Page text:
One of the minority political parties in Quebec, the Parti Quebecois (PQ), is proposing a new law banning all public employees from wearing any religious type of adornment. Mirroring a law that was passed in France a few years ago, this proposal has had the unintended effect of uniting Muslims, Jews, Sikhs, Christians and most other faith groups in opposition to the legislation.
Christians want to maintain the freedom to wear their crosses, Muslims the freedom to clothe themselves in their burkas and Jews and Sikhs the freedom to don their religious headwear. This legislation, as apparently proposed, would ban any public expression of faith for government employees.
It is unclear, according to reports I have read, whether such a proposal would garner enough support in the Quebec Parliament to pass, with some reports suggesting that the PQ has proposed the legislation to gain popularity with an electorate that is increasingly secularized. If it is true that the province of Quebec is turning away from faith, this would be a sad decline from the days when most Quebecois were staunchly Catholic.
Although I have my doubts as to whether this proposal will pick up enough traction to become law, it is one more example of how one can dress up a law by assigning it a positive value while intending it to do the exact opposite. In this case the PQ — in the name of tolerance — is advocating a very intolerant law.
Perhaps the saddest part of this proposed legislation would be the grandfathering in – for a while — of what the law would recognize as cultural artifacts. Thus, the crucifix that hangs over the Quebec Parliament would be allowed to remain in place, not as a religious symbol, but as an archaic symbol that once had deep meaning. It is a sad day when — in Canada or the United States — our most cherished religious symbols are preserved only in the name of culture.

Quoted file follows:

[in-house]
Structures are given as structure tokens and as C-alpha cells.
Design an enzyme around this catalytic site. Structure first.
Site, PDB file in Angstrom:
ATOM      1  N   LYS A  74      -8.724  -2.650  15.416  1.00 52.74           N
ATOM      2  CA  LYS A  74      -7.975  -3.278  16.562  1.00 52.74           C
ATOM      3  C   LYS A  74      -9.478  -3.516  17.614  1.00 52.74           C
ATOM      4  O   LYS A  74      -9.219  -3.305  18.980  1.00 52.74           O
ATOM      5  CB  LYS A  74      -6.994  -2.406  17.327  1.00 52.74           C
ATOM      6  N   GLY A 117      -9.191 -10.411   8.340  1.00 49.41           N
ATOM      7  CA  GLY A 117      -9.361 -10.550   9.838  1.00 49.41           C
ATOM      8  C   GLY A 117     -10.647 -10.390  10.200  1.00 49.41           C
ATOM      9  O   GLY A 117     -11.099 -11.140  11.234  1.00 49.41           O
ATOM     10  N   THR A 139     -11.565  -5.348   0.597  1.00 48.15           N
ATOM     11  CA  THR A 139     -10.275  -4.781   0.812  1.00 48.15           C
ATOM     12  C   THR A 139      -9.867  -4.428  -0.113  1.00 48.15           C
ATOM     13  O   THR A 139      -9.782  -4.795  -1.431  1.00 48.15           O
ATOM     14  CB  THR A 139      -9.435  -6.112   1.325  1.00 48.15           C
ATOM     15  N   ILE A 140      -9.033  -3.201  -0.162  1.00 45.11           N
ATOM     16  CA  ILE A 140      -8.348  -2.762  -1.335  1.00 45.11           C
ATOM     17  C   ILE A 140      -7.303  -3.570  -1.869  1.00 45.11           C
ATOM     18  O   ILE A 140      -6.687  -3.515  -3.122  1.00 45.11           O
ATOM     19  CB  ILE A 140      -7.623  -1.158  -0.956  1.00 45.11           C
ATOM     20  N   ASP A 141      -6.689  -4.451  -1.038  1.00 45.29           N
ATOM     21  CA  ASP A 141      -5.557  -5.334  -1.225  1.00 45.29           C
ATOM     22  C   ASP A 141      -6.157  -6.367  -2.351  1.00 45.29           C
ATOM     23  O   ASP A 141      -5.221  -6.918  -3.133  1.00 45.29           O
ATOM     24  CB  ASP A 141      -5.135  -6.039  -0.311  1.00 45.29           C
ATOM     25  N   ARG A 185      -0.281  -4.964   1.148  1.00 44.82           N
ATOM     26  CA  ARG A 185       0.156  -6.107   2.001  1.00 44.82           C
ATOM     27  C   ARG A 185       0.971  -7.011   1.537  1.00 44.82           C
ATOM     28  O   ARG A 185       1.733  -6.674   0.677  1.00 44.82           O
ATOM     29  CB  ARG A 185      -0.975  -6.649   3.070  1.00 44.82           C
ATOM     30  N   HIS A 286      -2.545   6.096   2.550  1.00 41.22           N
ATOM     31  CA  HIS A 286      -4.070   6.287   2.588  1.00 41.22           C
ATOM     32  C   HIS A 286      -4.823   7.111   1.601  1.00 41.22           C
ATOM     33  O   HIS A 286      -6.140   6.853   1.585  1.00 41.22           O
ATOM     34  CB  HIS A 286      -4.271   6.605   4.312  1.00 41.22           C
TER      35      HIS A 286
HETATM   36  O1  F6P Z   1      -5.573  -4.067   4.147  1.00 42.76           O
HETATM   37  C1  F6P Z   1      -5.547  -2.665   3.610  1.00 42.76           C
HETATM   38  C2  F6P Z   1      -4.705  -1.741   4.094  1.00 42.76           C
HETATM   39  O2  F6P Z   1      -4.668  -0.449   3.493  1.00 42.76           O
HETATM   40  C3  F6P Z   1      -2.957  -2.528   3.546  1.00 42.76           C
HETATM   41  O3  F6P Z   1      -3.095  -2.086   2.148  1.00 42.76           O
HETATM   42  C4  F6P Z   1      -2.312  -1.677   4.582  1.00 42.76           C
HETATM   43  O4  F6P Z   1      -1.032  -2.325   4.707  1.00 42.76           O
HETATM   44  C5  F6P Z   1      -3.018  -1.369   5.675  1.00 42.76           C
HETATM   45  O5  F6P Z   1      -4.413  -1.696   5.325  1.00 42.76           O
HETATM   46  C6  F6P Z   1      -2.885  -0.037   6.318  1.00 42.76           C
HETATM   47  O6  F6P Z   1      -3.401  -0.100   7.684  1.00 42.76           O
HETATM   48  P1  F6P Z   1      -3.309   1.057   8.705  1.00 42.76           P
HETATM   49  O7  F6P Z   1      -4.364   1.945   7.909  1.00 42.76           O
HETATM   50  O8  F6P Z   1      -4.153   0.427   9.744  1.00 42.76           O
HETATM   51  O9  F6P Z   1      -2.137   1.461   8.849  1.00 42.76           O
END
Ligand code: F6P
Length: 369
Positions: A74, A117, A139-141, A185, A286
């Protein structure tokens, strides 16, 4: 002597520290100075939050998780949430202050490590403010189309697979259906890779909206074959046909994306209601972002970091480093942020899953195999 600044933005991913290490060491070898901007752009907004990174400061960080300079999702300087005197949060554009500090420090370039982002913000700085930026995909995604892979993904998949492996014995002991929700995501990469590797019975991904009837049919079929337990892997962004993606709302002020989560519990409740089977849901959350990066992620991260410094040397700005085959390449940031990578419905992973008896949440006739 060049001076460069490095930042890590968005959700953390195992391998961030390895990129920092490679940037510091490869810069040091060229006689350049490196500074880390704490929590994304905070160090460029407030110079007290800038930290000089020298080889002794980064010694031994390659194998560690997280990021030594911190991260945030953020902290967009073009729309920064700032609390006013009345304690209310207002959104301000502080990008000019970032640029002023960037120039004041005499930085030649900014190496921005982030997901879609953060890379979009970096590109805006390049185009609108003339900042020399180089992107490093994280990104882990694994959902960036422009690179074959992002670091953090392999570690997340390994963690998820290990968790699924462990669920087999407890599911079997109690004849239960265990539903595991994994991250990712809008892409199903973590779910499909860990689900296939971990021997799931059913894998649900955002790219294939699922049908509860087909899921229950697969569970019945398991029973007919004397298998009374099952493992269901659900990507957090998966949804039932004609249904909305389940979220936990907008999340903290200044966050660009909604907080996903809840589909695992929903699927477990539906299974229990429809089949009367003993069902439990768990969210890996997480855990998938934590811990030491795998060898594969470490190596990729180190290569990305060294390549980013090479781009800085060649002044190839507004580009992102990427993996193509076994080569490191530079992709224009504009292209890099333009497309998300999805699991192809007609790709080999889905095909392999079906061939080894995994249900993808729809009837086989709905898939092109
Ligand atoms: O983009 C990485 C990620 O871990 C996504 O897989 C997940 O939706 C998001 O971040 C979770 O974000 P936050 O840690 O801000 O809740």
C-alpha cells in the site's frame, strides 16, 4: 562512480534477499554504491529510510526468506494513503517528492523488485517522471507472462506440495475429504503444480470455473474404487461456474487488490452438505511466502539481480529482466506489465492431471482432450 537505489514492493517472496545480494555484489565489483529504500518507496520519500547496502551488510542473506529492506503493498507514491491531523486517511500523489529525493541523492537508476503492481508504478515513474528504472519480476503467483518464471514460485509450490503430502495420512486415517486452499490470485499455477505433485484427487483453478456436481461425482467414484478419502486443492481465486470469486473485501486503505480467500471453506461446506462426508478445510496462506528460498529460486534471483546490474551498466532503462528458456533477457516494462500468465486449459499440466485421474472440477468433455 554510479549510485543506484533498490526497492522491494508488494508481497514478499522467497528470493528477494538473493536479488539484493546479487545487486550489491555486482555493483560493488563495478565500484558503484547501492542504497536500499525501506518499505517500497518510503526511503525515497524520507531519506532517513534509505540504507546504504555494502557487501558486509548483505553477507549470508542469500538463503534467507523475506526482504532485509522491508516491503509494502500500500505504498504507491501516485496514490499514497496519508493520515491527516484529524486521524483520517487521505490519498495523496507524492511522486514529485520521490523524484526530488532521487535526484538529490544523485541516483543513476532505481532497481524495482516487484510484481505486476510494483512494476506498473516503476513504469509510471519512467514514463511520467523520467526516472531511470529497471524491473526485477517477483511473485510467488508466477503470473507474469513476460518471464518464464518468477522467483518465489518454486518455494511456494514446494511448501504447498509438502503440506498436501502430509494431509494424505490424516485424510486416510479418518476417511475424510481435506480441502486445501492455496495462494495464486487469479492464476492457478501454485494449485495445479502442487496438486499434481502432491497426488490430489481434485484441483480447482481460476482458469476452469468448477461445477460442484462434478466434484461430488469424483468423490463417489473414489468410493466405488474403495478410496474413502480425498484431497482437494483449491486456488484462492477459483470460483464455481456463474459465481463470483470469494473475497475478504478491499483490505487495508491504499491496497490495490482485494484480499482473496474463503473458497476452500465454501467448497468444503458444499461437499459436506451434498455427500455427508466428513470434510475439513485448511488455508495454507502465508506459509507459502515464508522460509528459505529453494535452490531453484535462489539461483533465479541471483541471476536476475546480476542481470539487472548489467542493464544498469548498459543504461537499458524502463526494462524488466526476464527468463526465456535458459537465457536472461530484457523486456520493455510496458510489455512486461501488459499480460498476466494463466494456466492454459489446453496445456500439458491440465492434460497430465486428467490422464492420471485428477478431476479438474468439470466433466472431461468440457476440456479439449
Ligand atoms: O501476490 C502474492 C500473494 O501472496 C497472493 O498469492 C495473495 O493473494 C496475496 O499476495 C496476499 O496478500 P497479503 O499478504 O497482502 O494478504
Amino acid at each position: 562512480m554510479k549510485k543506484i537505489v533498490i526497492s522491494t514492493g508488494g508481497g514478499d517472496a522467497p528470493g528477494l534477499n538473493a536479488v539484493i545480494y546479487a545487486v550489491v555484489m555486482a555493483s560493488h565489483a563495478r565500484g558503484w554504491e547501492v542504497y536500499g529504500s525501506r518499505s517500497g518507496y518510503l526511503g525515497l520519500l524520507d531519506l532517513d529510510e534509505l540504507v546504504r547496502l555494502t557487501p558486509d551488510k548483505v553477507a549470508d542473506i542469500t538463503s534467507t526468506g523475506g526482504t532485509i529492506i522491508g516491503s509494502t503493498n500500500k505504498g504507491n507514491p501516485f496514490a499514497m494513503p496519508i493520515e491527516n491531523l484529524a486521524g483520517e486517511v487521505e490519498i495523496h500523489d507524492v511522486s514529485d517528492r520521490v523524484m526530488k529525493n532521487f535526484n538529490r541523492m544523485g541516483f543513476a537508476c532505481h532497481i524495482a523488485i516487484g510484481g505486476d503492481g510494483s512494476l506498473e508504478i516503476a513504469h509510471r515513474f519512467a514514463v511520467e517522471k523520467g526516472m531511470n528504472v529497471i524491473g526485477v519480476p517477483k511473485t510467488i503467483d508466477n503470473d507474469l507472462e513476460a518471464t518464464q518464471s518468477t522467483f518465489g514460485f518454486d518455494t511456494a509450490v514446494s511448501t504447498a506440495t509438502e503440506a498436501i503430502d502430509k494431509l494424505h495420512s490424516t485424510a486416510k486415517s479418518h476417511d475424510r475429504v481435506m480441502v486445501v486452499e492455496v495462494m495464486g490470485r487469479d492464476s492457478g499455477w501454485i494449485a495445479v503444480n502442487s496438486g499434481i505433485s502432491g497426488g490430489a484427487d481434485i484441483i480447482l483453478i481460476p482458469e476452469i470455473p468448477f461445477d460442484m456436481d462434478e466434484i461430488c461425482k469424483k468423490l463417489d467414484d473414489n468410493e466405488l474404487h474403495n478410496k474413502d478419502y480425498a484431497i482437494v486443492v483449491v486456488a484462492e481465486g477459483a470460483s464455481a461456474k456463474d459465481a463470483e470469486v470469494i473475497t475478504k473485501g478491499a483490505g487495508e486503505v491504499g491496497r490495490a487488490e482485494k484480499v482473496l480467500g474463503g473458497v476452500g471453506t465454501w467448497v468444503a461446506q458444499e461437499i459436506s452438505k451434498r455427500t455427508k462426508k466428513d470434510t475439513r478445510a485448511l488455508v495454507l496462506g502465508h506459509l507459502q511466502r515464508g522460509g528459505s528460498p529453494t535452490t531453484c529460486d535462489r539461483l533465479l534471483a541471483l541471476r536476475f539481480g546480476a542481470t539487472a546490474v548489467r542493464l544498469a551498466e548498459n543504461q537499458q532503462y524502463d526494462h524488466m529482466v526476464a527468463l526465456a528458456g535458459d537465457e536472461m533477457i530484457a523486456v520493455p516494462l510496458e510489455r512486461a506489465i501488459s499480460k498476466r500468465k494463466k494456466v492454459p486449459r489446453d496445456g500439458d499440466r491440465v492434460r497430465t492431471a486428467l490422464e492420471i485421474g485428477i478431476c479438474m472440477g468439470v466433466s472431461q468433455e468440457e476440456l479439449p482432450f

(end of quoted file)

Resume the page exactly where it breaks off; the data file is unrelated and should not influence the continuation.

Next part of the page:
Every religion, I suppose, fights against the erosion of its values and truths over time. It’s almost inevitable that any society, once founded on certain values and religious principles, will eventually come to take those values for granted, shrug at the gradual slippage of those truths and even yawn when somebody takes a step toward revision.
These are not easy issues to define. From time to time, I have taken positions in this column that others have probably seen as abetting that slippage of faith. One person’s Maginot line is another person’s folly. But from my perspective this Canadian proposal by the PQ crosses a dangerous line.
Religious symbols matter, whether they are crosses, crucifixes, habibs, Stars of David or lotuses. A free society should be one where these representations of holiness are encouraged and tolerated rather than suppressed or banned. Those who are suggesting this law have forgotten that the easiest way to make a people reclaim their faith is to try and ban it.
Creede Hinshaw, of Macon, is a retired Methodist minister.